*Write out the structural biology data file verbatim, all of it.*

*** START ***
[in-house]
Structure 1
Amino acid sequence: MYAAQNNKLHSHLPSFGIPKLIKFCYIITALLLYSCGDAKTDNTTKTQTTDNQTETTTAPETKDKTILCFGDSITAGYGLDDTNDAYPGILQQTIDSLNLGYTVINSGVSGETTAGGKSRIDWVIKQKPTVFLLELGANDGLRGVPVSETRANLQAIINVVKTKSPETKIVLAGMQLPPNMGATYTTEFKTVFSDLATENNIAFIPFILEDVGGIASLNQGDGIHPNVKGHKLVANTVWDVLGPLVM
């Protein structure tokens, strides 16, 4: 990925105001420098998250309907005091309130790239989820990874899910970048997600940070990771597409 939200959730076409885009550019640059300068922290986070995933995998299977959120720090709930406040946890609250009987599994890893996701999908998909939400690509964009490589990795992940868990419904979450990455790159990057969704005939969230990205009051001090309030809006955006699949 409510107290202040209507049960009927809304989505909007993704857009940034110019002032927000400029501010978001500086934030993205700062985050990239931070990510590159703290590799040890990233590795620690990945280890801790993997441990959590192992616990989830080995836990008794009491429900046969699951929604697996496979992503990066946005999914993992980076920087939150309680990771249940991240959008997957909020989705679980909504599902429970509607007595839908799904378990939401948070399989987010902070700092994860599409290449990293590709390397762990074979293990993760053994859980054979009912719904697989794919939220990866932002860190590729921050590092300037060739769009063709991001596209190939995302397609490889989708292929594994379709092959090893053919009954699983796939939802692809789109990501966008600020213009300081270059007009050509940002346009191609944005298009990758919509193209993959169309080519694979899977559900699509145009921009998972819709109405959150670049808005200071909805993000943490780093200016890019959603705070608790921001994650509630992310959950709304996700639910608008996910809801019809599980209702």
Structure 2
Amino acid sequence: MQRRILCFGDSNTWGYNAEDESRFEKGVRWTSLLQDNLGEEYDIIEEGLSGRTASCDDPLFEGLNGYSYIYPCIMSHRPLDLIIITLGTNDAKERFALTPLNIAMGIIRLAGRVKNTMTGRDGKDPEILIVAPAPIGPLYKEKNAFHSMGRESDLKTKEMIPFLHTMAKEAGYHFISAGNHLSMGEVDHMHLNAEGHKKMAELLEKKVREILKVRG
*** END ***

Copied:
[in-house]
Structure 1
Amino acid sequence: MYAAQNNKLHSHLPSFGIPKLIKFCYIITALLLYSCGDAKTDNTTKTQTTDNQTETTTAPETKDKTILCFGDSITAGYGLDDTNDAYPGILQQTIDSLNLGYTVINSGVSGETTAGGKSRIDWVIKQKPTVFLLELGANDGLRGVPVSETRANLQAIINVVKTKSPETKIVLAGMQLPPNMGATYTTEFKTVFSDLATENNIAFIPFILEDVGGIASLNQGDGIHPNVKGHKLVANTVWDVLGPLVM
């Protein structure tokens, strides 16, 4: 990925105001420098998250309907005091309130790239989820990874899910970048997600940070990771597409 939200959730076409885009550019640059300068922290986070995933995998299977959120720090709930406040946890609250009987599994890893996701999908998909939400690509964009490589990795992940868990419904979450990455790159990057969704005939969230990205009051001090309030809006955006699949 409510107290202040209507049960009927809304989505909007993704857009940034110019002032927000400029501010978001500086934030993205700062985050990239931070990510590159703290590799040890990233590795620690990945280890801790993997441990959590192992616990989830080995836990008794009491429900046969699951929604697996496979992503990066946005999914993992980076920087939150309680990771249940991240959008997957909020989705679980909504599902429970509607007595839908799904378990939401948070399989987010902070700092994860599409290449990293590709390397762990074979293990993760053994859980054979009912719904697989794919939220990866932002860190590729921050590092300037060739769009063709991001596209190939995302397609490889989708292929594994379709092959090893053919009954699983796939939802692809789109990501966008600020213009300081270059007009050509940002346009191609944005298009990758919509193209993959169309080519694979899977559900699509145009921009998972819709109405959150670049808005200071909805993000943490780093200016890019959603705070608790921001994650509630992310959950709304996700639910608008996910809801019809599980209702």
Structure 2
Amino acid sequence: MQRRILCFGDSNTWGYNAEDESRFEKGVRWTSLLQDNLGEEYDIIEEGLSGRTASCDDPLFEGLNGYSYIYPCIMSHRPLDLIIITLGTNDAKERFALTPLNIAMGIIRLAGRVKNTMTGRDGKDPEILIVAPAPIGPLYKEKNAFHSMGRESDLKTKEMIPFLHTMAKEAGYHFISAGNHLSMGEVDHMHLNAEGHKKMAELLEKKVREILKVRG